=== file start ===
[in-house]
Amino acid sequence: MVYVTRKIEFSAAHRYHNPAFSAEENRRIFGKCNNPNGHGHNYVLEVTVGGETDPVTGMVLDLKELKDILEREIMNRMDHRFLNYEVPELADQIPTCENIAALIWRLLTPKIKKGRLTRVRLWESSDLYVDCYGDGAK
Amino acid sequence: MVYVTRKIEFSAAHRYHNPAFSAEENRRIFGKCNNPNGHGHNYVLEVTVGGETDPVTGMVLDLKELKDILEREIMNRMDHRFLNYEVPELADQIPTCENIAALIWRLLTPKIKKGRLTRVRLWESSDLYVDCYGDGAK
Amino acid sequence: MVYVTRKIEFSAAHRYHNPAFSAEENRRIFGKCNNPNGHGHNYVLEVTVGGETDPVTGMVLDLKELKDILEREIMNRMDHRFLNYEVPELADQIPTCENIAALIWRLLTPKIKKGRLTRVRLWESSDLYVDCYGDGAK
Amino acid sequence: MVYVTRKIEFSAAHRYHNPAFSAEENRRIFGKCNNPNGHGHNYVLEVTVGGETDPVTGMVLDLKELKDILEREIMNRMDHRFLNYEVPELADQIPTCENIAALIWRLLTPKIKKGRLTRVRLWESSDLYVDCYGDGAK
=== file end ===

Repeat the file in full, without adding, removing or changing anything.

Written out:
[in-house]
Amino acid sequence: MVYVTRKIEFSAAHRYHNPAFSAEENRRIFGKCNNPNGHGHNYVLEVTVGGETDPVTGMVLDLKELKDILEREIMNRMDHRFLNYEVPELADQIPTCENIAALIWRLLTPKIKKGRLTRVRLWESSDLYVDCYGDGAK
Amino acid sequence: MVYVTRKIEFSAAHRYHNPAFSAEENRRIFGKCNNPNGHGHNYVLEVTVGGETDPVTGMVLDLKELKDILEREIMNRMDHRFLNYEVPELADQIPTCENIAALIWRLLTPKIKKGRLTRVRLWESSDLYVDCYGDGAK
Amino acid sequence: MVYVTRKIEFSAAHRYHNPAFSAEENRRIFGKCNNPNGHGHNYVLEVTVGGETDPVTGMVLDLKELKDILEREIMNRMDHRFLNYEVPELADQIPTCENIAALIWRLLTPKIKKGRLTRVRLWESSDLYVDCYGDGAK
Amino acid sequence: MVYVTRKIEFSAAHRYHNPAFSAEENRRIFGKCNNPNGHGHNYVLEVTVGGETDPVTGMVLDLKELKDILEREIMNRMDHRFLNYEVPELADQIPTCENIAALIWRLLTPKIKKGRLTRVRLWESSDLYVDCYGDGAK